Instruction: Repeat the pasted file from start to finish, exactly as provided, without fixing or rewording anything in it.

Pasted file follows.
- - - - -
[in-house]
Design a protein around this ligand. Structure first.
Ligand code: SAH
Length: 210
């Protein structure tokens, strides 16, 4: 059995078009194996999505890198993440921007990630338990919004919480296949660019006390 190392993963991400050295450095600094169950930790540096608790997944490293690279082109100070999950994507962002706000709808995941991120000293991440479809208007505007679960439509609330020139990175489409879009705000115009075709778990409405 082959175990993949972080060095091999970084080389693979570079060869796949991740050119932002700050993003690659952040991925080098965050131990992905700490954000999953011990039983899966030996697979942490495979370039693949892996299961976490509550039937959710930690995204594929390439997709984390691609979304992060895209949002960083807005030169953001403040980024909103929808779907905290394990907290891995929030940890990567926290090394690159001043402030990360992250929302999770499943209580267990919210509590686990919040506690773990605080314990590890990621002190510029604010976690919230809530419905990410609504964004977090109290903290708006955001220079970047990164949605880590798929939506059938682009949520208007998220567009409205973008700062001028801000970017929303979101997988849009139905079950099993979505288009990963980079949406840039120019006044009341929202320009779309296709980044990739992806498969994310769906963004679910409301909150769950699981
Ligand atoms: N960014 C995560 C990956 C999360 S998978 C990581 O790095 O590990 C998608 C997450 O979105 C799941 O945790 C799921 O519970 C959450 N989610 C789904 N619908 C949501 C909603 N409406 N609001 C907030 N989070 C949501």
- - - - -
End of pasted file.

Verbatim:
[in-house]
Design a protein around this ligand. Structure first.
Ligand code: SAH
Length: 210
């Protein structure tokens, strides 16, 4: 059995078009194996999505890198993440921007990630338990919004919480296949660019006390 190392993963991400050295450095600094169950930790540096608790997944490293690279082109100070999950994507962002706000709808995941991120000293991440479809208007505007679960439509609330020139990175489409879009705000115009075709778990409405 082959175990993949972080060095091999970084080389693979570079060869796949991740050119932002700050993003690659952040991925080098965050131990992905700490954000999953011990039983899966030996697979942490495979370039693949892996299961976490509550039937959710930690995204594929390439997709984390691609979304992060895209949002960083807005030169953001403040980024909103929808779907905290394990907290891995929030940890990567926290090394690159001043402030990360992250929302999770499943209580267990919210509590686990919040506690773990605080314990590890990621002190510029604010976690919230809530419905990410609504964004977090109290903290708006955001220079970047990164949605880590798929939506059938682009949520208007998220567009409205973008700062001028801000970017929303979101997988849009139905079950099993979505288009990963980079949406840039120019006044009341929202320009779309296709980044990739992806498969994310769906963004679910409301909150769950699981
Ligand atoms: N960014 C995560 C990956 C999360 S998978 C990581 O790095 O590990 C998608 C997450 O979105 C799941 O945790 C799921 O519970 C959450 N989610 C789904 N619908 C949501 C909603 N409406 N609001 C907030 N989070 C949501």